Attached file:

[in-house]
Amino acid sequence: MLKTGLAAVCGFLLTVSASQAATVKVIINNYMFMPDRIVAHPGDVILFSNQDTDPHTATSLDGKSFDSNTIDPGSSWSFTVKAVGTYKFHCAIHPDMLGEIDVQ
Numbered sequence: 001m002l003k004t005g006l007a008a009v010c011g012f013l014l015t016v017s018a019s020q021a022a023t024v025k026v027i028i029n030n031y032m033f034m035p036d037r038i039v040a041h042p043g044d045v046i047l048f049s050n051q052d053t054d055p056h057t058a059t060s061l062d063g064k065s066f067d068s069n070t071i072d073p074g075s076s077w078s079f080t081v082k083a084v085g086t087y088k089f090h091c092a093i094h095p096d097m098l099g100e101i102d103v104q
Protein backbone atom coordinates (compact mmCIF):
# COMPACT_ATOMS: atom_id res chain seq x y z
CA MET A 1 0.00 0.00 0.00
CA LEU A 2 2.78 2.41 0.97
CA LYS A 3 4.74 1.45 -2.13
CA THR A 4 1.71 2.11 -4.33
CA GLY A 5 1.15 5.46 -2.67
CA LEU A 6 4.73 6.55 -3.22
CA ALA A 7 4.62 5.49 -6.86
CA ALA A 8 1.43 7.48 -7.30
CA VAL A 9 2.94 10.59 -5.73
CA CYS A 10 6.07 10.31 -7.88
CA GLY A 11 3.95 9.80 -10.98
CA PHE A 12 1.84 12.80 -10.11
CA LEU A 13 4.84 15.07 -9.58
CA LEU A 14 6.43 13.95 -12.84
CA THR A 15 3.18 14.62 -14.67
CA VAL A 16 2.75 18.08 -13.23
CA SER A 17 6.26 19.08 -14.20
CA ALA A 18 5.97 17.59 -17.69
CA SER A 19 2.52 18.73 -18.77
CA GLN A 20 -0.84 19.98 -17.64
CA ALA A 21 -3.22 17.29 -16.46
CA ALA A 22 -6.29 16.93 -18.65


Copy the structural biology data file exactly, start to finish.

[in-house]
Amino acid sequence: MLKTGLAAVCGFLLTVSASQAATVKVIINNYMFMPDRIVAHPGDVILFSNQDTDPHTATSLDGKSFDSNTIDPGSSWSFTVKAVGTYKFHCAIHPDMLGEIDVQ
Numbered sequence: 001m002l003k004t005g006l007a008a009v010c011g012f013l014l015t016v017s018a019s020q021a022a023t024v025k026v027i028i029n030n031y032m033f034m035p036d037r038i039v040a041h042p043g044d045v046i047l048f049s050n051q052d053t054d055p056h057t058a059t060s061l062d063g064k065s066f067d068s069n070t071i072d073p074g075s076s077w078s079f080t081v082k083a084v085g086t087y088k089f090h091c092a093i094h095p096d097m098l099g100e101i102d103v104q
Protein backbone atom coordinates (compact mmCIF):
# COMPACT_ATOMS: atom_id res chain seq x y z
CA MET A 1 0.00 0.00 0.00
CA LEU A 2 2.78 2.41 0.97
CA LYS A 3 4.74 1.45 -2.13
CA THR A 4 1.71 2.11 -4.33
CA GLY A 5 1.15 5.46 -2.67
CA LEU A 6 4.73 6.55 -3.22
CA ALA A 7 4.62 5.49 -6.86
CA ALA A 8 1.43 7.48 -7.30
CA VAL A 9 2.94 10.59 -5.73
CA CYS A 10 6.07 10.31 -7.88
CA GLY A 11 3.95 9.80 -10.98
CA PHE A 12 1.84 12.80 -10.11
CA LEU A 13 4.84 15.07 -9.58
CA LEU A 14 6.43 13.95 -12.84
CA THR A 15 3.18 14.62 -14.67
CA VAL A 16 2.75 18.08 -13.23
CA SER A 17 6.26 19.08 -14.20
CA ALA A 18 5.97 17.59 -17.69
CA SER A 19 2.52 18.73 -18.77
CA GLN A 20 -0.84 19.98 -17.64
CA ALA A 21 -3.22 17.29 -16.46
CA ALA A 22 -6.29 16.93 -18.65